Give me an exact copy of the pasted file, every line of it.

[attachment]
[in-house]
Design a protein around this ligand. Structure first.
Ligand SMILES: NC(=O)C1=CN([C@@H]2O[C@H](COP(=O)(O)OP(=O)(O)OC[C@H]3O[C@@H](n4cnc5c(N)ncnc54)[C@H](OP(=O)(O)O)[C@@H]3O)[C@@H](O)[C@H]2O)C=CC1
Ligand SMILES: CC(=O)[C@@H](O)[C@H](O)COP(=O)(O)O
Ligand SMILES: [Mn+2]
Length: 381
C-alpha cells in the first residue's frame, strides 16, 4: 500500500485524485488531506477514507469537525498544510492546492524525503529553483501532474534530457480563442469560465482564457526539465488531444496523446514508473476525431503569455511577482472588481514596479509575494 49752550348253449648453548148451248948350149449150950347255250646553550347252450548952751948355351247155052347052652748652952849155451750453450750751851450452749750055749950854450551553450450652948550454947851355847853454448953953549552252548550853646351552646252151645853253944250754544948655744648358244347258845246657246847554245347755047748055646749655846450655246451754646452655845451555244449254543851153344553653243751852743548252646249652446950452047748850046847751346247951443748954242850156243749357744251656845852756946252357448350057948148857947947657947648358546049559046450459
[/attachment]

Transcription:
[in-house]
Design a protein around this ligand. Structure first.
Ligand SMILES: NC(=O)C1=CN([C@@H]2O[C@H](COP(=O)(O)OP(=O)(O)OC[C@H]3O[C@@H](n4cnc5c(N)ncnc54)[C@H](OP(=O)(O)O)[C@@H]3O)[C@@H](O)[C@H]2O)C=CC1
Ligand SMILES: CC(=O)[C@@H](O)[C@H](O)COP(=O)(O)O
Ligand SMILES: [Mn+2]
Length: 381
C-alpha cells in the first residue's frame, strides 16, 4: 500500500485524485488531506477514507469537525498544510492546492524525503529553483501532474534530457480563442469560465482564457526539465488531444496523446514508473476525431503569455511577482472588481514596479509575494 49752550348253449648453548148451248948350149449150950347255250646553550347252450548952751948355351247155052347052652748652952849155451750453450750751851450452749750055749950854450551553450450652948550454947851355847853454448953953549552252548550853646351552646252151645853253944250754544948655744648358244347258845246657246847554245347755047748055646749655846450655246451754646452655845451555244449254543851153344553653243751852743548252646249652446950452047748850046847751346247951443748954242850156243749357744251656845852756946252357448350057948148857947947657947648358546049559046450459